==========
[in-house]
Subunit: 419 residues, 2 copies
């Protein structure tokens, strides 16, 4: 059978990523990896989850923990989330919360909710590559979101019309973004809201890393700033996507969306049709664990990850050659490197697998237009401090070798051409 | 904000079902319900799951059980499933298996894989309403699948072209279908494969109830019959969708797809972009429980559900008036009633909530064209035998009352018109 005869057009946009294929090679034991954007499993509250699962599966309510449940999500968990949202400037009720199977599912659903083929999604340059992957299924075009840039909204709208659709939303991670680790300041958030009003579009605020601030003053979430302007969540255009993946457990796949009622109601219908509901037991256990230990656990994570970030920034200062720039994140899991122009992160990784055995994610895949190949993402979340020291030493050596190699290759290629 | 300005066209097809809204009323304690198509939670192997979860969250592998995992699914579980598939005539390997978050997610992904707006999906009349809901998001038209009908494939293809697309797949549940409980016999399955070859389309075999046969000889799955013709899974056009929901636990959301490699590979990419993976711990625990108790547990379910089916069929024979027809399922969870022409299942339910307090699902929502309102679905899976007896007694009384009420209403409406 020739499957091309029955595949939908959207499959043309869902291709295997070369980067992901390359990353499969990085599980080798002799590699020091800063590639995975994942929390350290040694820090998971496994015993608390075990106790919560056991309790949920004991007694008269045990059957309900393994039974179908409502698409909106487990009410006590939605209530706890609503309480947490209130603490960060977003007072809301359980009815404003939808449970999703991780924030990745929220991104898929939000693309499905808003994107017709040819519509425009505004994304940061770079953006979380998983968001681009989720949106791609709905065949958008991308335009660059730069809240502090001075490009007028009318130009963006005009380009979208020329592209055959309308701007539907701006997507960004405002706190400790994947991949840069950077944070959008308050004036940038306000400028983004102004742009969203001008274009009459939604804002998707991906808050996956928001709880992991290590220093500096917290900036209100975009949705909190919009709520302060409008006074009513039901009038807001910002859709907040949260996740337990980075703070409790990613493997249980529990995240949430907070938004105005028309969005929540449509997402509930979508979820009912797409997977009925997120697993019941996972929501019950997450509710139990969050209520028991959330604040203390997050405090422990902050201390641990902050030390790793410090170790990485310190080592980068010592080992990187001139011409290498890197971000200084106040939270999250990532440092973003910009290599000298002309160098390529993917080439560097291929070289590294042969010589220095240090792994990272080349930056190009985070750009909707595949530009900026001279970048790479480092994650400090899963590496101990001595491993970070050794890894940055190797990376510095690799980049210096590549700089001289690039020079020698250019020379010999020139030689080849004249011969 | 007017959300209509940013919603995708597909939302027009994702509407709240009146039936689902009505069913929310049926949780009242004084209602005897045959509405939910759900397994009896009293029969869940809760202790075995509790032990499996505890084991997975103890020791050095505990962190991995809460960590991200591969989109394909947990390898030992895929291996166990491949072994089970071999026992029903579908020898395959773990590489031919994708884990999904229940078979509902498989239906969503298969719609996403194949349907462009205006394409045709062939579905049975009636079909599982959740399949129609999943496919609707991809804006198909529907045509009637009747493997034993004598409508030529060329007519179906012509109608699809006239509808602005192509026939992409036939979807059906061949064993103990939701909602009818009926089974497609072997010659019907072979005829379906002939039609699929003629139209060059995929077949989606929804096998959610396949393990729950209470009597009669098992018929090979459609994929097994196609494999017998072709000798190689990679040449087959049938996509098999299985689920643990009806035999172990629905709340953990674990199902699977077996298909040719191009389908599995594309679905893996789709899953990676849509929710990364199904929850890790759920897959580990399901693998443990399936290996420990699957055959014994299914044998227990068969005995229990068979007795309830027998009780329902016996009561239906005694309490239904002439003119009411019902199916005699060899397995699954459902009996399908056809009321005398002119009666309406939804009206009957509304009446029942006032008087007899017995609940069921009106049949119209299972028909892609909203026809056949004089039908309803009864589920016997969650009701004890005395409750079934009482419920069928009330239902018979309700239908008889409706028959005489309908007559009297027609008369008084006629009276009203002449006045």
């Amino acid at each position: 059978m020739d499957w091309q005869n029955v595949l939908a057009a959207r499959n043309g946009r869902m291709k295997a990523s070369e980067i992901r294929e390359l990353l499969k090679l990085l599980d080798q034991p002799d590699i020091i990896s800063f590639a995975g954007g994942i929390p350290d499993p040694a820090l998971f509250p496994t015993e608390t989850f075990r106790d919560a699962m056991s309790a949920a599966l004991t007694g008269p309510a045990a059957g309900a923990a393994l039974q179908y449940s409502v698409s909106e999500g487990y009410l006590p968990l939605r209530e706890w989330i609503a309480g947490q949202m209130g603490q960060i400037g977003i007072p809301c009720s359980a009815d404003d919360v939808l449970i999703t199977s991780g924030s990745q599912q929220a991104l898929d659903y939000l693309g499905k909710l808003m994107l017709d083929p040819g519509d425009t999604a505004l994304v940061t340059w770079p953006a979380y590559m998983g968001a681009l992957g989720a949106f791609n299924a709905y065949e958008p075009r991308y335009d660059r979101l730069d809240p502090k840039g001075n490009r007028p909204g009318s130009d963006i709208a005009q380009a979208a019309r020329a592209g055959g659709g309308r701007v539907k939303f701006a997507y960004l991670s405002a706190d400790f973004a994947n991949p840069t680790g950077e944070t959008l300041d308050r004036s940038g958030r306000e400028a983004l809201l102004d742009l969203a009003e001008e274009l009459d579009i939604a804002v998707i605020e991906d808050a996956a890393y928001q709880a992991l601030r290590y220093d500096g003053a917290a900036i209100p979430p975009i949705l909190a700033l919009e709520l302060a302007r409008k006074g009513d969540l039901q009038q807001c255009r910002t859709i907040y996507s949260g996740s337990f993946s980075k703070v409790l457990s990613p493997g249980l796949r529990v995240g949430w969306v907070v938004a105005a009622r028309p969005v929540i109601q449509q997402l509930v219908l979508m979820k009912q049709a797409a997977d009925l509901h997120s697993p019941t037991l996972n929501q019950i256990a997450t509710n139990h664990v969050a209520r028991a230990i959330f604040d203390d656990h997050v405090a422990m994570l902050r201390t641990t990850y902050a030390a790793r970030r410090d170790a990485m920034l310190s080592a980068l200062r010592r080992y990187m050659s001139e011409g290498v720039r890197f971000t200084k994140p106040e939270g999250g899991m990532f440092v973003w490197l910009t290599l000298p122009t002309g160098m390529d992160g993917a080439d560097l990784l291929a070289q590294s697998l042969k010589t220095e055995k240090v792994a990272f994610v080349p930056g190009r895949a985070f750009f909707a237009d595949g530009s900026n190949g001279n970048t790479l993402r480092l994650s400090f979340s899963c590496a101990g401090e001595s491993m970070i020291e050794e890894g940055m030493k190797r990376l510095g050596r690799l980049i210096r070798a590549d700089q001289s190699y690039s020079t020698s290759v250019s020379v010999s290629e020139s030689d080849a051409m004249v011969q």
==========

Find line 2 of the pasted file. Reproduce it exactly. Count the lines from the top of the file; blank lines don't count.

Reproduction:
Subunit: 419 residues, 2 copies